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The development and implementation of a training package for dietitians on cow's milk protein allergy in infants and children based on UK RCPCH competencies for food allergies - a pilot study

The development and implementation of a training package for dietitians on cow's milk protein allergy in infants and children based on UK RCPCH competencies for food allergies - a pilot study
The development and implementation of a training package for dietitians on cow's milk protein allergy in infants and children based on UK RCPCH competencies for food allergies - a pilot study
Background: many food allergy guidelines have been published worldwide over recent years. The United Kingdom National Institute of Health and Clinical Excellence guidelines and The Royal College of Paediatrics and Child Health food allergy care pathways require dietitians to assist with the diagnosis and management of food allergies, which highlighted the need for further education of dietitians to meet these competencies. The aim of this study was to design a competence based one day education course for dietitians on the diagnosis and management of cow’s milk protein allergy in infants and children.
Methods

A one day training course was developed. Dietitians’ knowledge was assessed via multiple choice questions before and on the day of the course and retention of knowledge was assessed one month after the course. Pre course reading was given once the first assessment was completed.
Results

Thirty seven dietitians attended the course and 32 completed all three assessments. A significant improvement in assessment scores was seen between the pre course and on the day assessments of 7.2% (p?<?0.001) and between pre course and post course assessments of 8.9% (p?<?0.001). In delegates who rated their perceived level of knowledge as high, a significant increase was seen between pre course and on the day and between pre course and post course (both p?<?0.001). Actual increase in knowledge was seen alongside a significant increase in high rating of perceived level of confidence between pre course and on the day and between pre course and post course (both p?<?0.001).
Conclusions

Educating dietitians using the format of one day teaching with pre and post course assessment has improved both knowledge and competencies in the diagnosis and management of cow’s milk protein allergy. Further courses in other areas of food allergy could be developed using this approach within the UK and worldwide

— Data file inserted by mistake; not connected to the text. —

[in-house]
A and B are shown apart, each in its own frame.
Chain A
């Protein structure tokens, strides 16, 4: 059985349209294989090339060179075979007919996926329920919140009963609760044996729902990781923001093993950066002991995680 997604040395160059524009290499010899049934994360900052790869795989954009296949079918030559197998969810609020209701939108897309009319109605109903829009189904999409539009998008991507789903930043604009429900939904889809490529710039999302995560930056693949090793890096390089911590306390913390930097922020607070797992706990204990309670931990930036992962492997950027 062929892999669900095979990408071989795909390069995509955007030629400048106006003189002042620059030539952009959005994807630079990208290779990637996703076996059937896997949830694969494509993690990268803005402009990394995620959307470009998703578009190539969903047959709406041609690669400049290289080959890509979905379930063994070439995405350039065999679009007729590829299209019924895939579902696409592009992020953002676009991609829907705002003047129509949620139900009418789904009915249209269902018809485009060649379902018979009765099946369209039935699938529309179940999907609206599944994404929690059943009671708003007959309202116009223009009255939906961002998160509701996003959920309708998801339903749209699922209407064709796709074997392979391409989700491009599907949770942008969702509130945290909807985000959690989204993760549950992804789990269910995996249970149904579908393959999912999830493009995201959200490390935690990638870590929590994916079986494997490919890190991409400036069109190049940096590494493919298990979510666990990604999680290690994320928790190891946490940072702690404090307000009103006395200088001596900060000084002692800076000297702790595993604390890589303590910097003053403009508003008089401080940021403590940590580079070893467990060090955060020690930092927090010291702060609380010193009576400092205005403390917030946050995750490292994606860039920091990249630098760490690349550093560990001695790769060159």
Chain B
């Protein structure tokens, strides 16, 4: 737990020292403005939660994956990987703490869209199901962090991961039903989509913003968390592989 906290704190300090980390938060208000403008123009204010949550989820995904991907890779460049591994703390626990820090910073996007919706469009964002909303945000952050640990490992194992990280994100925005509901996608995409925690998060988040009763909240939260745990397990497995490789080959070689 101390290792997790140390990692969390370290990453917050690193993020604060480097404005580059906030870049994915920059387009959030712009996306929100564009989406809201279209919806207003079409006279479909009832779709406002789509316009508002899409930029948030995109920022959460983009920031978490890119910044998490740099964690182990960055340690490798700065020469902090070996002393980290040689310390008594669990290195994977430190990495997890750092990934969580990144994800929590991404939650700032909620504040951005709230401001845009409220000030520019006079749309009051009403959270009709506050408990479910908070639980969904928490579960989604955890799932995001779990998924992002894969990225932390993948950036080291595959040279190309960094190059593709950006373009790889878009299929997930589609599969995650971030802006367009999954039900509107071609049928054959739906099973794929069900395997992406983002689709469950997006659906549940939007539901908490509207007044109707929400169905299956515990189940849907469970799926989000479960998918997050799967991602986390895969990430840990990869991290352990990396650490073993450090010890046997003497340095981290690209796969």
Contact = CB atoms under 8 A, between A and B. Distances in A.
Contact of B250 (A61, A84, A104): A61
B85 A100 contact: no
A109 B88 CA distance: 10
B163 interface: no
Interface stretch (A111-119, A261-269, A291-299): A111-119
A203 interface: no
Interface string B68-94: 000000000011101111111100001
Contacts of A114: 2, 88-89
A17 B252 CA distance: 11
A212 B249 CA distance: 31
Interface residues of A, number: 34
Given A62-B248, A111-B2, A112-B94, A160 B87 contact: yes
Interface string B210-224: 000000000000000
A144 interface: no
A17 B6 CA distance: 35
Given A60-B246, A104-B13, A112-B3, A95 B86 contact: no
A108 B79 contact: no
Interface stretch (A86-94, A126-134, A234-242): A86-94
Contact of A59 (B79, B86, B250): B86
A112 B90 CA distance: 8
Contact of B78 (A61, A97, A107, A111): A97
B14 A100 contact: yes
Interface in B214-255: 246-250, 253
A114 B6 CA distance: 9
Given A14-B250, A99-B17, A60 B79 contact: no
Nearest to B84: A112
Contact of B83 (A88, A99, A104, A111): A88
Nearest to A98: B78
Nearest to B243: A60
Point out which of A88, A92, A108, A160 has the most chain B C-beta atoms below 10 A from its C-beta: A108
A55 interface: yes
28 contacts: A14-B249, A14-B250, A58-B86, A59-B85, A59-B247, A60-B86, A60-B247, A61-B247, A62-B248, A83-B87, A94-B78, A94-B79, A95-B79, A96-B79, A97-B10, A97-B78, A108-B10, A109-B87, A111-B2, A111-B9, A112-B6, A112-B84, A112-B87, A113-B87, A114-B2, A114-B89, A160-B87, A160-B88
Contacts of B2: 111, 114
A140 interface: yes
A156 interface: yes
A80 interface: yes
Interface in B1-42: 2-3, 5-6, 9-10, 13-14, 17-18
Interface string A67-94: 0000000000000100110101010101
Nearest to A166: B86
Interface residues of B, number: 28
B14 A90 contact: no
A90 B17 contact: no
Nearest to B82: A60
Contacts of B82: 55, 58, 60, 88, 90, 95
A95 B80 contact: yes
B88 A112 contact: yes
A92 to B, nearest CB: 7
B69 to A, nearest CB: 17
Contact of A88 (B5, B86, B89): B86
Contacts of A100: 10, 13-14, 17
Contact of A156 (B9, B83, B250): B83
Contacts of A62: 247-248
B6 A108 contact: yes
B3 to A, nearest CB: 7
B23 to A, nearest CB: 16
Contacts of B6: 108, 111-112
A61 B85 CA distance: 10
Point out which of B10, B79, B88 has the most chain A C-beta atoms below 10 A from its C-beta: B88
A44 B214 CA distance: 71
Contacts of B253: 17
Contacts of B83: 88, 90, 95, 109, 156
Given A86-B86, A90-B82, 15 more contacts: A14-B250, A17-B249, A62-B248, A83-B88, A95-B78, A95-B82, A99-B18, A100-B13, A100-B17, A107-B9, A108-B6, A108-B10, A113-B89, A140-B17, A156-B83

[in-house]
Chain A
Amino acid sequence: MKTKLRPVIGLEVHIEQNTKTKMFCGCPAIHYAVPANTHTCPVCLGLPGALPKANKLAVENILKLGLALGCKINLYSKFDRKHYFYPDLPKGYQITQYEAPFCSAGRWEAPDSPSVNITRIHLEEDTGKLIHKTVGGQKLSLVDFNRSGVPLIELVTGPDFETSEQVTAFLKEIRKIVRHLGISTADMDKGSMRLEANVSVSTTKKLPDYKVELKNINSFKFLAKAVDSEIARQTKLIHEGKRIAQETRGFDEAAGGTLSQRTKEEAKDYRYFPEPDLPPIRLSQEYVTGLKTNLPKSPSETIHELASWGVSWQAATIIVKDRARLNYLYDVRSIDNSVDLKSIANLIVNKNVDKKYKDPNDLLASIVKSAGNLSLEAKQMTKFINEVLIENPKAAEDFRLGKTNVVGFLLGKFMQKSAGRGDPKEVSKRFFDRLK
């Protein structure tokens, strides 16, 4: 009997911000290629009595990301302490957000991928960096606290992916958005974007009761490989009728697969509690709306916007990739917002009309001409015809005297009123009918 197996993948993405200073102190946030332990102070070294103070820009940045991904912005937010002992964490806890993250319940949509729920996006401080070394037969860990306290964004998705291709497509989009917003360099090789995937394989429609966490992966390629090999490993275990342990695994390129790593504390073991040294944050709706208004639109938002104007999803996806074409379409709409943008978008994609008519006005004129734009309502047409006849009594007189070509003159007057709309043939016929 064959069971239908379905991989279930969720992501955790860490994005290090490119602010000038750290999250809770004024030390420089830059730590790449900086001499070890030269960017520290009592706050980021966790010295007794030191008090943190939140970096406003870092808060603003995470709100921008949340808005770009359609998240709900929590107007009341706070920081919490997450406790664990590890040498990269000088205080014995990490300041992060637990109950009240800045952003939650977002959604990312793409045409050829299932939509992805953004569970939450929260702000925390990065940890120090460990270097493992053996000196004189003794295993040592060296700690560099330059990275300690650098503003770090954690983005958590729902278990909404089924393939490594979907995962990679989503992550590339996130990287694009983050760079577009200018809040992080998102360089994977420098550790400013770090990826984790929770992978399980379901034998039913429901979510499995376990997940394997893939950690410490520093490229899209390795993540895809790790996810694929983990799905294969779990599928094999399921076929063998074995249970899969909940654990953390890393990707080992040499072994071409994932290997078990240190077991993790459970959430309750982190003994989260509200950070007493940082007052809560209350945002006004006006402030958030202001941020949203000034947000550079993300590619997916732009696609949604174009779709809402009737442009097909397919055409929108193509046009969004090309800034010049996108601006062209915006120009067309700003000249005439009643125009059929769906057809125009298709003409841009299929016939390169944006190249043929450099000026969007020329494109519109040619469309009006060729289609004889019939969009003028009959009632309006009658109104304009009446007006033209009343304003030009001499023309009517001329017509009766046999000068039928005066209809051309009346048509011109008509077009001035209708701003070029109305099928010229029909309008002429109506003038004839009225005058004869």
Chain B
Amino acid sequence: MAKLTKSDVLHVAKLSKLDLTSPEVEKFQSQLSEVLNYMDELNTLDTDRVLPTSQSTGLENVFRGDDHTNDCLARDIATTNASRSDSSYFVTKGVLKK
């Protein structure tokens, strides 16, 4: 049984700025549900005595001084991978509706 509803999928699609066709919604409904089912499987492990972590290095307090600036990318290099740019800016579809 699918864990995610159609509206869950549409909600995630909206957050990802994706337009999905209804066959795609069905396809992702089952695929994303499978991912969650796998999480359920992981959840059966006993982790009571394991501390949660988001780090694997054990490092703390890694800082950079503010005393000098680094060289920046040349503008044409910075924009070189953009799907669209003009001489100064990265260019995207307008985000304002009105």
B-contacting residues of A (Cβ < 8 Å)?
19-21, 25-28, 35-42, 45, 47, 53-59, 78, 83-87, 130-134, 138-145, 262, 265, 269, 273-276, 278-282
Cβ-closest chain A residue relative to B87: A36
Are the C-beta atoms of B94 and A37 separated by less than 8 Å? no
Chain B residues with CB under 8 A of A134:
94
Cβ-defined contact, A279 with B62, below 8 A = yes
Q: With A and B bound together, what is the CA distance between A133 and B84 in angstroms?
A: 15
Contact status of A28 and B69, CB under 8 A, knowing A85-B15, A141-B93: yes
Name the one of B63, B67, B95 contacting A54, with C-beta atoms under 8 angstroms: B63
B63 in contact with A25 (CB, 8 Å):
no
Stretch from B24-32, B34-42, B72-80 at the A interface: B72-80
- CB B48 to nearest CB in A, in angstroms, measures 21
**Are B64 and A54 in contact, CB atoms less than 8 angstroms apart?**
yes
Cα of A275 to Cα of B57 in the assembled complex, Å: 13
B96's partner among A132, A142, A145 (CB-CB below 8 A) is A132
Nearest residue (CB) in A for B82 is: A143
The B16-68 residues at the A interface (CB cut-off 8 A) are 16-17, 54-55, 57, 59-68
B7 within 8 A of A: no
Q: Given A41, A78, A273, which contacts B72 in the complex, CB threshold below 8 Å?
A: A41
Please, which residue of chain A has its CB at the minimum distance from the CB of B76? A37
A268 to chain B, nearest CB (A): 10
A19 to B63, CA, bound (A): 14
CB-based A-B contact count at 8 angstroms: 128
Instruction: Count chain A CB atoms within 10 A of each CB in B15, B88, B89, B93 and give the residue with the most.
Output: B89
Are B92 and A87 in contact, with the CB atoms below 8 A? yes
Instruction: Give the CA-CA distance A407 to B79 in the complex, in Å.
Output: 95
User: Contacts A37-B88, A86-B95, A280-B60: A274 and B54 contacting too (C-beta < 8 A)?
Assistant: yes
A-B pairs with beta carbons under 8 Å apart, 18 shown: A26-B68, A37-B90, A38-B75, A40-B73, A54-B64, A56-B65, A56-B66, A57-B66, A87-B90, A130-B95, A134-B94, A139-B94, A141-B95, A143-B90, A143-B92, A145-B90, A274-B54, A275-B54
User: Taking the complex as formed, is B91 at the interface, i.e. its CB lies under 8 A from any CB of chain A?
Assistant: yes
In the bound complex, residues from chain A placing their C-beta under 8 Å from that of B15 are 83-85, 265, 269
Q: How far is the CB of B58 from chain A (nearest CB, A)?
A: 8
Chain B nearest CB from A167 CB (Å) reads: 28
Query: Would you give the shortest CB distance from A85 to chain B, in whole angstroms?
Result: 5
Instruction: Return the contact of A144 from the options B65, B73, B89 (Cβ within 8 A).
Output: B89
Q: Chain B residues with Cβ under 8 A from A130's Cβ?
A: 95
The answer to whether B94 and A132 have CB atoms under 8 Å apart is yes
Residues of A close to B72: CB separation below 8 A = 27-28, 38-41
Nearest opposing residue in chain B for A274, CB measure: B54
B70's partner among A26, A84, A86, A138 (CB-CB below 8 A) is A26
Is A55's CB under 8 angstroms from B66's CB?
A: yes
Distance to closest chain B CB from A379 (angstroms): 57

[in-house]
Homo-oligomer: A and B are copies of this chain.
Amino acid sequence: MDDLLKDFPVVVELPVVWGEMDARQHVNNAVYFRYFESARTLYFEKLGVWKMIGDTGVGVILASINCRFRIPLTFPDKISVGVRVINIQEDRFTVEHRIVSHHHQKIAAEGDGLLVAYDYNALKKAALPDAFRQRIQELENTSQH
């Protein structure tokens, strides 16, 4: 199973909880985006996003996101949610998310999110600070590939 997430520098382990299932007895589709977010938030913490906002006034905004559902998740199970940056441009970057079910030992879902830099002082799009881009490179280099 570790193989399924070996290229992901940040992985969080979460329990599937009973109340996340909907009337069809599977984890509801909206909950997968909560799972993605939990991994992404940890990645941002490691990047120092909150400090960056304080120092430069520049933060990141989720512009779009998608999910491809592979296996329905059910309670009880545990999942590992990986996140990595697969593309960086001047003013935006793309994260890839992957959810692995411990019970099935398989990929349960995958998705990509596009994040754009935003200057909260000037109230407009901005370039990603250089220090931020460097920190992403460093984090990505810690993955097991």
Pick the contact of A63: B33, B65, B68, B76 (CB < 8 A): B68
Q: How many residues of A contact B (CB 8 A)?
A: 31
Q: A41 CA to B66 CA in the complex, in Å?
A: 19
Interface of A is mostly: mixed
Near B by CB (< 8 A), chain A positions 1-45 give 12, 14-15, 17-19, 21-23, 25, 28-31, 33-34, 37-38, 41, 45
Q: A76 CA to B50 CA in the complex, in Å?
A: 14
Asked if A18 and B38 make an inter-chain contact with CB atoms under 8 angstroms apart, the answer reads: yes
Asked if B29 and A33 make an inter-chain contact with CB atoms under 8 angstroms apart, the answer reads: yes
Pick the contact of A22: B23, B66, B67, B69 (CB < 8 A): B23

4
Reeves, Liane
251c2336-36b2-4b3a-9933-b9ed657d46e0
Meyer, Rosan
8a33289b-c603-42b1-9518-2bb99128eb06
Holloway, Judith
f22f45f3-6fc8-4a4c-bc6c-24add507037c
Venter, Carina
a9b7dd5e-b0cb-4068-be82-e15b587cc20b
Reeves, Liane
251c2336-36b2-4b3a-9933-b9ed657d46e0
Meyer, Rosan
8a33289b-c603-42b1-9518-2bb99128eb06
Holloway, Judith
f22f45f3-6fc8-4a4c-bc6c-24add507037c
Venter, Carina
a9b7dd5e-b0cb-4068-be82-e15b587cc20b

Reeves, Liane, Meyer, Rosan, Holloway, Judith and Venter, Carina (2015) The development and implementation of a training package for dietitians on cow's milk protein allergy in infants and children based on UK RCPCH competencies for food allergies - a pilot study. Clinical and Translational Allergy, 5 (1), 4. (doi:10.1186/s13601-015-0046-y). (PMID:25664167)

Record type: Article

Abstract

Background: many food allergy guidelines have been published worldwide over recent years. The United Kingdom National Institute of Health and Clinical Excellence guidelines and The Royal College of Paediatrics and Child Health food allergy care pathways require dietitians to assist with the diagnosis and management of food allergies, which highlighted the need for further education of dietitians to meet these competencies. The aim of this study was to design a competence based one day education course for dietitians on the diagnosis and management of cow’s milk protein allergy in infants and children.
Methods

A one day training course was developed. Dietitians’ knowledge was assessed via multiple choice questions before and on the day of the course and retention of knowledge was assessed one month after the course. Pre course reading was given once the first assessment was completed.
Results

Thirty seven dietitians attended the course and 32 completed all three assessments. A significant improvement in assessment scores was seen between the pre course and on the day assessments of 7.2% (p?<?0.001) and between pre course and post course assessments of 8.9% (p?<?0.001). In delegates who rated their perceived level of knowledge as high, a significant increase was seen between pre course and on the day and between pre course and post course (both p?<?0.001). Actual increase in knowledge was seen alongside a significant increase in high rating of perceived level of confidence between pre course and on the day and between pre course and post course (both p?<?0.001).
Conclusions

Educating dietitians using the format of one day teaching with pre and post course assessment has improved both knowledge and competencies in the diagnosis and management of cow’s milk protein allergy. Further courses in other areas of food allergy could be developed using this approach within the UK and worldwide

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More information

Accepted/In Press date: 2 January 2015
Published date: 3 February 2015
Organisations: Clinical & Experimental Sciences

Identifiers

Local EPrints ID: 374364
URI: https://eprints.soton.ac.uk/id/eprint/374364
PURE UUID: ce85200a-5a27-400c-94a7-35acf14f9cd4
ORCID for Judith Holloway: ORCID iD orcid.org/0000-0002-2268-3071

Catalogue record

Date deposited: 16 Feb 2015 10:03
Last modified: 06 Jun 2018 12:52

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